“Malware” is malicious software that facilitates an unauthorized takeover of your device by another user, government or third party to perform surveillance functions such as recording keystrokes, stealing passwords, taking screenshots, recording audio, video and more. While most malware is designed for and utilized by criminals, state-sponsored actors have increasingly adopted malware as a tool for surveillance, espionage and sabotage. Malware is used to gain control of devices. It exploits access to the device to send out spam, seize banking, email or social media credentials, shut down websites and collect vital information.
Anti-virus software can be an effective first response to protecting a device from a significant percentage of malware (a general term for all malicious software, including viruses, spyware, trojans, and other such threats). However, anti-virus software is generally considered ineffective against targeted attacks. Nevertheless, it remains a valuable defensive tool against non-targeted, but still dangerous, malware. See the Anti-Virus page for more information.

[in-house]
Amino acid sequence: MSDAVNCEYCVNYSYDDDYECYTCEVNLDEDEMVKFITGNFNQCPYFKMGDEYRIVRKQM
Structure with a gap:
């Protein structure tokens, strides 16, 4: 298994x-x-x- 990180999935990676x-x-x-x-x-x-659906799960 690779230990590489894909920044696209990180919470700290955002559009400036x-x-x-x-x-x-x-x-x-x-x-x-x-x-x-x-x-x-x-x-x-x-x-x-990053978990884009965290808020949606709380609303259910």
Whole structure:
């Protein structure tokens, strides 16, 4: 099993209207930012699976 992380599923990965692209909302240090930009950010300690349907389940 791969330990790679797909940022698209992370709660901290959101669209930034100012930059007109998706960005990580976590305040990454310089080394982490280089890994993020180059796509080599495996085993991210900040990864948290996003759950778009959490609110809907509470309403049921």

There is no single or simple method to protect yourself from malware, but you can make yourself a more difficult target.
Keep in mind, however, that specialized and targeted malware will not be detected by even the best anti-virus software.
- Step 1: Regularly check for updates to all of your software, especially your operating system and your browser
- Step 2: Install and configure an anti-virus program (see above) and make sure it updates automatically. Some anti-virus programs will stop after their trial period expires without warning.
- Step 3: Change your own behaviours. Email and chat attachments are common ‘attack vectors’ where a compromised computer of a friend will automatically try to send malicious attachments to the owner’s entire address book. Ask people to send documents in plain text where possible and never open unexpected attachments without carefully verifying that the sender intended to send it! Using a third party service like Google Docs to open office documents and spreadsheets can also let you see and edit the content with a much lower risk of a malware infestation.
- Step 4: Further protection can be provided by adding plugins to your browser such as HTTPS Everywhere or NoScript (for firefox).